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Clinical Innovation & Audit: Poster Numbers 111 – 141 – Planning care: Poster No: 128
Audit of thromboprophylaxis decision-making at three independent hospice inpatient units
  1. Amanda Powell,
  2. Fiona McMunnigal and
  3. Emma Dymond
  1. Strathcarron Hospice, Denny, Scotland; The Ayrshire Hospice, Ayr, Scotland; St Andrews Hospice, Airdrie, Scotland

Abstract

Introduction Palliative care patients should be considered for thromboprophylaxis, given they are often at risk of thromboembolic events. However many have significant contraindications and therefore decisions require careful consideration of risk/benefit burden.

Aim To identify how medical staff consider and document decisions regarding thromboprophylaxis in patients admitted to three inpatient units (IPU).

Methodology Initial retrospective review of medical case notes, examining entries within 48 h of admission. 100 case notes (30–40 from each hospice) were reviewed for patients admitted to IPUs from 01 May 2010. The second cycle prospectively reviewed 150 case notes (50 from each hospice) after implementation of thromboprophylaxis education, guidelines and alteration of admission notes to incorporate a thromboprophylaxis prompt.

Results Documentation of thromboprophylaxis improved from 15% in cycle 1 to 93% in cycle 2. Nine (53%) and 26 (68%) patients already on anticoagulant treatment, remained on treatment, in cycles 1 and 2 respectively. Eighty-three patients (83%) in cycle 1 were not on anticoagulation treatment compared to 112 patients (75%) in cycle 2. Thromboprophylaxis was initiated in 0% and 11% of these patients in cycles 1 and 2 respectively. In cycle 2, 96 patients did not receive thromboprophylaxis. Reasons were documented in 88 patients. Fourteen patients had more than one reason. Documented reasons were: 29% no indication or not wished, 27% approaching end of life, 17% gastrointestinal bleeding, 8% anaemia, 6% on medication with additional bleeding risk, 5% bleeding other than gastrointestinal, 4% coagulation defects, 2% cerebral bleeding risk and 2% injection site problems.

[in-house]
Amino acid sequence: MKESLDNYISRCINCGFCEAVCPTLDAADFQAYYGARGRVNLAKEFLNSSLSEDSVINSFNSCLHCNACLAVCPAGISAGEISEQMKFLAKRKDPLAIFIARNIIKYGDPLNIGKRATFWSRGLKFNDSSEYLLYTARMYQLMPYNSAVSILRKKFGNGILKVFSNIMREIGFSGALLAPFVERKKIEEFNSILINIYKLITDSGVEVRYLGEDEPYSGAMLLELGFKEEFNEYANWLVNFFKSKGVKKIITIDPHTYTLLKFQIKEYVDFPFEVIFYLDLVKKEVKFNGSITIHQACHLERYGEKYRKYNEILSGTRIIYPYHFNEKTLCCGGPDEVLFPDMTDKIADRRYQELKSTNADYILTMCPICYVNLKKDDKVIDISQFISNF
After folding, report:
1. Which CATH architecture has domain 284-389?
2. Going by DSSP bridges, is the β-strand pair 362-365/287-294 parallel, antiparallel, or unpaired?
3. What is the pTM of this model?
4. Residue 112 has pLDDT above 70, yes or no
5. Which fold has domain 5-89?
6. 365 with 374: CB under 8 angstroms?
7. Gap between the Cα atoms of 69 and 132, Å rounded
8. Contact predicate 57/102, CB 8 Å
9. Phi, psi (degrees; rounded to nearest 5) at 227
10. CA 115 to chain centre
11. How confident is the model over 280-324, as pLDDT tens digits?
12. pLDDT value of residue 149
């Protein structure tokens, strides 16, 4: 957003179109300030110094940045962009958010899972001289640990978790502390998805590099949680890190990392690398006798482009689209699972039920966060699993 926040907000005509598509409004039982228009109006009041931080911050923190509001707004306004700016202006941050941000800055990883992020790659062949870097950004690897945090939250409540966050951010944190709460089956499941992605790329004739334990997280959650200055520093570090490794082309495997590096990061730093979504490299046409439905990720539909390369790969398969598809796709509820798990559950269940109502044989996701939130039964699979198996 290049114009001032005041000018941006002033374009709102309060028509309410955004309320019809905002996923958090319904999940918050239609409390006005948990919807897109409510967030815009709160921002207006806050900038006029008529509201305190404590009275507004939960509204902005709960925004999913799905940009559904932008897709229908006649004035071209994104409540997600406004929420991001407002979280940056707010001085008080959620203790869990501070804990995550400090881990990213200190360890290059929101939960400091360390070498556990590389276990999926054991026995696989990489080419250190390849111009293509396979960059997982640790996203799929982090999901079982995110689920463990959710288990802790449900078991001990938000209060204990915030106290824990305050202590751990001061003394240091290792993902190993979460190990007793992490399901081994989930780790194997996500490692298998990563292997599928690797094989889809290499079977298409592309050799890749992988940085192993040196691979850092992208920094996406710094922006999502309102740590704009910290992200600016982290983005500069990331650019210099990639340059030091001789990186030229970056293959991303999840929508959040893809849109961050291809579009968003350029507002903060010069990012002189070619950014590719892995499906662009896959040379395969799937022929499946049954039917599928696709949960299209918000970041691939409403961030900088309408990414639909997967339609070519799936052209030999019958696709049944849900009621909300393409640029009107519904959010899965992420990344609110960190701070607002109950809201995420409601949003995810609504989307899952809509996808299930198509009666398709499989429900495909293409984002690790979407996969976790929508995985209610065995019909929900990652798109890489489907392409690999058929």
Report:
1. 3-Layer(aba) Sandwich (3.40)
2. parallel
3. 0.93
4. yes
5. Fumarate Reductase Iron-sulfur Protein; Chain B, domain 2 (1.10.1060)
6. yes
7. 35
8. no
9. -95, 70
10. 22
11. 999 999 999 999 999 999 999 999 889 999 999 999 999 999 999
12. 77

Discussion It was clear from cycle 1 that documentation of thromboprophylaxis decisions was poor. Although decisions may have been contemplated, the process was not documented. Education, guidelines and changes to admission notes led to significant improvements in the documentation and transparency of decisions regarding the therapeutic dilemma of thromboprophylaxis in hospice inpatients.

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